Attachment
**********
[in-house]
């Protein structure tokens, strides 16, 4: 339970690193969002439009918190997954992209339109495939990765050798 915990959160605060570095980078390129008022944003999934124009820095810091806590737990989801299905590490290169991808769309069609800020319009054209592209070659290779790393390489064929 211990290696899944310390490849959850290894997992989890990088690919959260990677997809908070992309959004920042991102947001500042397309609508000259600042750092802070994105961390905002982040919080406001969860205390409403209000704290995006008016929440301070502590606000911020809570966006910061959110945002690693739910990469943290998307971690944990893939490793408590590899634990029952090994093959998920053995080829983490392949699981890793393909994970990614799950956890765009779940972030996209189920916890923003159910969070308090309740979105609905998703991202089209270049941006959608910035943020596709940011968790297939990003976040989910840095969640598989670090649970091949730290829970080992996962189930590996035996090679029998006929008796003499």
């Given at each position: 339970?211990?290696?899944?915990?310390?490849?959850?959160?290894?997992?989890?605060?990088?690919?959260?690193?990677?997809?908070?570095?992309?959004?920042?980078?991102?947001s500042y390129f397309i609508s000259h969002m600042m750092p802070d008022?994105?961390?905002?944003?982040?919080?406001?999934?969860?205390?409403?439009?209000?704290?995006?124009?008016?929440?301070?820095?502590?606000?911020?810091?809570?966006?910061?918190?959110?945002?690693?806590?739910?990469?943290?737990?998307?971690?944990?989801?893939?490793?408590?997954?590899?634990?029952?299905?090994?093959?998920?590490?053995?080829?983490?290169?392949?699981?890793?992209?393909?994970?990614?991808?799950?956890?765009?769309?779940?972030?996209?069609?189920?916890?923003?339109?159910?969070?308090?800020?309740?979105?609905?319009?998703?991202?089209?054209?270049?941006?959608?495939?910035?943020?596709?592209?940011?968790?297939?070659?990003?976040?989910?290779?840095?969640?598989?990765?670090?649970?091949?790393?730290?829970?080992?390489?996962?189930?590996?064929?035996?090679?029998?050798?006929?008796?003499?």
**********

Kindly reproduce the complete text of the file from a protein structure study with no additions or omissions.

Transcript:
[in-house]
């Protein structure tokens, strides 16, 4: 339970690193969002439009918190997954992209339109495939990765050798 915990959160605060570095980078390129008022944003999934124009820095810091806590737990989801299905590490290169991808769309069609800020319009054209592209070659290779790393390489064929 211990290696899944310390490849959850290894997992989890990088690919959260990677997809908070992309959004920042991102947001500042397309609508000259600042750092802070994105961390905002982040919080406001969860205390409403209000704290995006008016929440301070502590606000911020809570966006910061959110945002690693739910990469943290998307971690944990893939490793408590590899634990029952090994093959998920053995080829983490392949699981890793393909994970990614799950956890765009779940972030996209189920916890923003159910969070308090309740979105609905998703991202089209270049941006959608910035943020596709940011968790297939990003976040989910840095969640598989670090649970091949730290829970080992996962189930590996035996090679029998006929008796003499």
């Given at each position: 339970?211990?290696?899944?915990?310390?490849?959850?959160?290894?997992?989890?605060?990088?690919?959260?690193?990677?997809?908070?570095?992309?959004?920042?980078?991102?947001s500042y390129f397309i609508s000259h969002m600042m750092p802070d008022?994105?961390?905002?944003?982040?919080?406001?999934?969860?205390?409403?439009?209000?704290?995006?124009?008016?929440?301070?820095?502590?606000?911020?810091?809570?966006?910061?918190?959110?945002?690693?806590?739910?990469?943290?737990?998307?971690?944990?989801?893939?490793?408590?997954?590899?634990?029952?299905?090994?093959?998920?590490?053995?080829?983490?290169?392949?699981?890793?992209?393909?994970?990614?991808?799950?956890?765009?769309?779940?972030?996209?069609?189920?916890?923003?339109?159910?969070?308090?800020?309740?979105?609905?319009?998703?991202?089209?054209?270049?941006?959608?495939?910035?943020?596709?592209?940011?968790?297939?070659?990003?976040?989910?290779?840095?969640?598989?990765?670090?649970?091949?790393?730290?829970?080992?390489?996962?189930?590996?064929?035996?090679?029998?050798?006929?008796?003499?």